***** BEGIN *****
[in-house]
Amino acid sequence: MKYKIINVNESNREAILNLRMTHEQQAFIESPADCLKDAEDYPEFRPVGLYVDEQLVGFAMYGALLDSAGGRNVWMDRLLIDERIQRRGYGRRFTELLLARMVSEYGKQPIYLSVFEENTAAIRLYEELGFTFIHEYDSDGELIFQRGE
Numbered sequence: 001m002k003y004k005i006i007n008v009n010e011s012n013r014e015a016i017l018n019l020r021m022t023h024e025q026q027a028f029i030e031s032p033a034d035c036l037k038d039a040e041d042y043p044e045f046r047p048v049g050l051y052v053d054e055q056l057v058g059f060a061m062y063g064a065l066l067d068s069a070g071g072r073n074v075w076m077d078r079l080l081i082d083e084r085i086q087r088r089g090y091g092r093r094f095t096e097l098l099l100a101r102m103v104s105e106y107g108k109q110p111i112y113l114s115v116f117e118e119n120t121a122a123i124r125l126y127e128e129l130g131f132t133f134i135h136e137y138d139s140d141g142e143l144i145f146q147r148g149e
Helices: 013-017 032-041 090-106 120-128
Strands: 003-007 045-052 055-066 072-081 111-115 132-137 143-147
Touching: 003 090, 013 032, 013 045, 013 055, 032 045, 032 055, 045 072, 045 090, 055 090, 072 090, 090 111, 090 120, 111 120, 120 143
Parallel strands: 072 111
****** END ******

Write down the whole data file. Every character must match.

[in-house]
Amino acid sequence: MKYKIINVNESNREAILNLRMTHEQQAFIESPADCLKDAEDYPEFRPVGLYVDEQLVGFAMYGALLDSAGGRNVWMDRLLIDERIQRRGYGRRFTELLLARMVSEYGKQPIYLSVFEENTAAIRLYEELGFTFIHEYDSDGELIFQRGE
Numbered sequence: 001m002k003y004k005i006i007n008v009n010e011s012n013r014e015a016i017l018n019l020r021m022t023h024e025q026q027a028f029i030e031s032p033a034d035c036l037k038d039a040e041d042y043p044e045f046r047p048v049g050l051y052v053d054e055q056l057v058g059f060a061m062y063g064a065l066l067d068s069a070g071g072r073n074v075w076m077d078r079l080l081i082d083e084r085i086q087r088r089g090y091g092r093r094f095t096e097l098l099l100a101r102m103v104s105e106y107g108k109q110p111i112y113l114s115v116f117e118e119n120t121a122a123i124r125l126y127e128e129l130g131f132t133f134i135h136e137y138d139s140d141g142e143l144i145f146q147r148g149e
Helices: 013-017 032-041 090-106 120-128
Strands: 003-007 045-052 055-066 072-081 111-115 132-137 143-147
Touching: 003 090, 013 032, 013 045, 013 055, 032 045, 032 055, 045 072, 045 090, 055 090, 072 090, 090 111, 090 120, 111 120, 120 143
Parallel strands: 072 111